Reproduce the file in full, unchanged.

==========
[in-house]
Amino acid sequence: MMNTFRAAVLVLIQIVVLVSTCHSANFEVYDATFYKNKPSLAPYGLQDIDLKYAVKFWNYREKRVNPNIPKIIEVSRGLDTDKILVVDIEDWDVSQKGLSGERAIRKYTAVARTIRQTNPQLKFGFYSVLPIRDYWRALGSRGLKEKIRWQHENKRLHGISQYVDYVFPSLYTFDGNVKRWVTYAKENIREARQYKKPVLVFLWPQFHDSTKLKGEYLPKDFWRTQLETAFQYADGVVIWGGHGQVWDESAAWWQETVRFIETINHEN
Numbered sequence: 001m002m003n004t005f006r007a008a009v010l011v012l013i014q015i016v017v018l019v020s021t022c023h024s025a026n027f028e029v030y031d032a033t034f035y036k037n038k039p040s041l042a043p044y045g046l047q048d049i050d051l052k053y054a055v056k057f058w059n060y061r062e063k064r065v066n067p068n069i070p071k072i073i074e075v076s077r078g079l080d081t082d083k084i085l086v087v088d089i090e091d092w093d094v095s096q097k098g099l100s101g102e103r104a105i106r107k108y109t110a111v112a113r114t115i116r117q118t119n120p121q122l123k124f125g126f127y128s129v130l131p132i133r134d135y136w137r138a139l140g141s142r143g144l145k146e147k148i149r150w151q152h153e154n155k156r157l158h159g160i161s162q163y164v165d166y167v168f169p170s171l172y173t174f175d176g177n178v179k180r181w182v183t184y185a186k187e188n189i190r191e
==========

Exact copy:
[in-house]
Amino acid sequence: MMNTFRAAVLVLIQIVVLVSTCHSANFEVYDATFYKNKPSLAPYGLQDIDLKYAVKFWNYREKRVNPNIPKIIEVSRGLDTDKILVVDIEDWDVSQKGLSGERAIRKYTAVARTIRQTNPQLKFGFYSVLPIRDYWRALGSRGLKEKIRWQHENKRLHGISQYVDYVFPSLYTFDGNVKRWVTYAKENIREARQYKKPVLVFLWPQFHDSTKLKGEYLPKDFWRTQLETAFQYADGVVIWGGHGQVWDESAAWWQETVRFIETINHEN
Numbered sequence: 001m002m003n004t005f006r007a008a009v010l011v012l013i014q015i016v017v018l019v020s021t022c023h024s025a026n027f028e029v030y031d032a033t034f035y036k037n038k039p040s041l042a043p044y045g046l047q048d049i050d051l052k053y054a055v056k057f058w059n060y061r062e063k064r065v066n067p068n069i070p071k072i073i074e075v076s077r078g079l080d081t082d083k084i085l086v087v088d089i090e091d092w093d094v095s096q097k098g099l100s101g102e103r104a105i106r107k108y109t110a111v112a113r114t115i116r117q118t119n120p121q122l123k124f125g126f127y128s129v130l131p132i133r134d135y136w137r138a139l140g141s142r143g144l145k146e147k148i149r150w151q152h153e154n155k156r157l158h159g160i161s162q163y164v165d166y167v168f169p170s171l172y173t174f175d176g177n178v179k180r181w182v183t184y185a186k187e188n189i190r191e